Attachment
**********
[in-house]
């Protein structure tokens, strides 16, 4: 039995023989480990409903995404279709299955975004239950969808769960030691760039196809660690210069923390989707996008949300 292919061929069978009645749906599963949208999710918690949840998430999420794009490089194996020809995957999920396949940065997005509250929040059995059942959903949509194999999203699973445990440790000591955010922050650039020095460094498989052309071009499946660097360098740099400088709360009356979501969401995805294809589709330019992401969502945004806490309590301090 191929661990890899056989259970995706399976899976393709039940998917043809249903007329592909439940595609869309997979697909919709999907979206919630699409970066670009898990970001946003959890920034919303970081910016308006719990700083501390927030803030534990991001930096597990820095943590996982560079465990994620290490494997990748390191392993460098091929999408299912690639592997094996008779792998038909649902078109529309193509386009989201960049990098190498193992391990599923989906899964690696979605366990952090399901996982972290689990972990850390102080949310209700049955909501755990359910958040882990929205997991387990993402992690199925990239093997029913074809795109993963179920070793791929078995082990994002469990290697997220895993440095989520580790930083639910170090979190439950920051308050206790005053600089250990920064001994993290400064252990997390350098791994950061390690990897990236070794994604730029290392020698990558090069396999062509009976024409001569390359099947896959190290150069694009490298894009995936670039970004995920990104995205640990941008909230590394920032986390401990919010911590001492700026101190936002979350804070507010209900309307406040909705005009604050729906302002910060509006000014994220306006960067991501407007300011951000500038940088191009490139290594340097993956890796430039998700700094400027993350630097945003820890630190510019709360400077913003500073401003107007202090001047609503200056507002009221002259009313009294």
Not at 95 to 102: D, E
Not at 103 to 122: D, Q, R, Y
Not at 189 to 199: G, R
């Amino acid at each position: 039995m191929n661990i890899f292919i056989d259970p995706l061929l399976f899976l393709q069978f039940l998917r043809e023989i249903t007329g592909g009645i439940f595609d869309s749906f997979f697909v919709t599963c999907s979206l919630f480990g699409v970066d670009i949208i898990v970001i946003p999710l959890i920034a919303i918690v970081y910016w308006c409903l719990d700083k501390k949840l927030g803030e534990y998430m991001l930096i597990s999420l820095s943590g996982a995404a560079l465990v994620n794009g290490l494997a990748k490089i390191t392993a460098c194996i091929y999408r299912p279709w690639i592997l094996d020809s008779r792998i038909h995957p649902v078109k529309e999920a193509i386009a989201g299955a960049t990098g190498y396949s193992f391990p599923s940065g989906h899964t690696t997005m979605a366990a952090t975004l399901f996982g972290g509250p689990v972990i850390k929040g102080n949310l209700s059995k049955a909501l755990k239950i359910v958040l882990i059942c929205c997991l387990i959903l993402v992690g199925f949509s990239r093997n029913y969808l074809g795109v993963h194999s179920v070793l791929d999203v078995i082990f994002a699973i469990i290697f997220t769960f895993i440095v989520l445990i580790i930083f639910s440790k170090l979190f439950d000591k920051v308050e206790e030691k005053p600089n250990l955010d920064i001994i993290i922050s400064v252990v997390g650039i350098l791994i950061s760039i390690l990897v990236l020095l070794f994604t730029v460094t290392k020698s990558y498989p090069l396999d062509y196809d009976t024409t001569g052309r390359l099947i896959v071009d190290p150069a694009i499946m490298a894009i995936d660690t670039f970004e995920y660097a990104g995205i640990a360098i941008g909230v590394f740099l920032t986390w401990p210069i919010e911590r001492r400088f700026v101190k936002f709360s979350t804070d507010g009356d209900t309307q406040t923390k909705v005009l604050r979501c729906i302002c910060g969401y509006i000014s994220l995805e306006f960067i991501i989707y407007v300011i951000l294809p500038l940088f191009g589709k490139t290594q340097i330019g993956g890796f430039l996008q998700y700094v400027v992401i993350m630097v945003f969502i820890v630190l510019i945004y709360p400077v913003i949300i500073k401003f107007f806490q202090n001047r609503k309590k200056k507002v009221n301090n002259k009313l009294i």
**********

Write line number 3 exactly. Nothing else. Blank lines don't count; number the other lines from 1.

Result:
Not at 95 to 102: D, E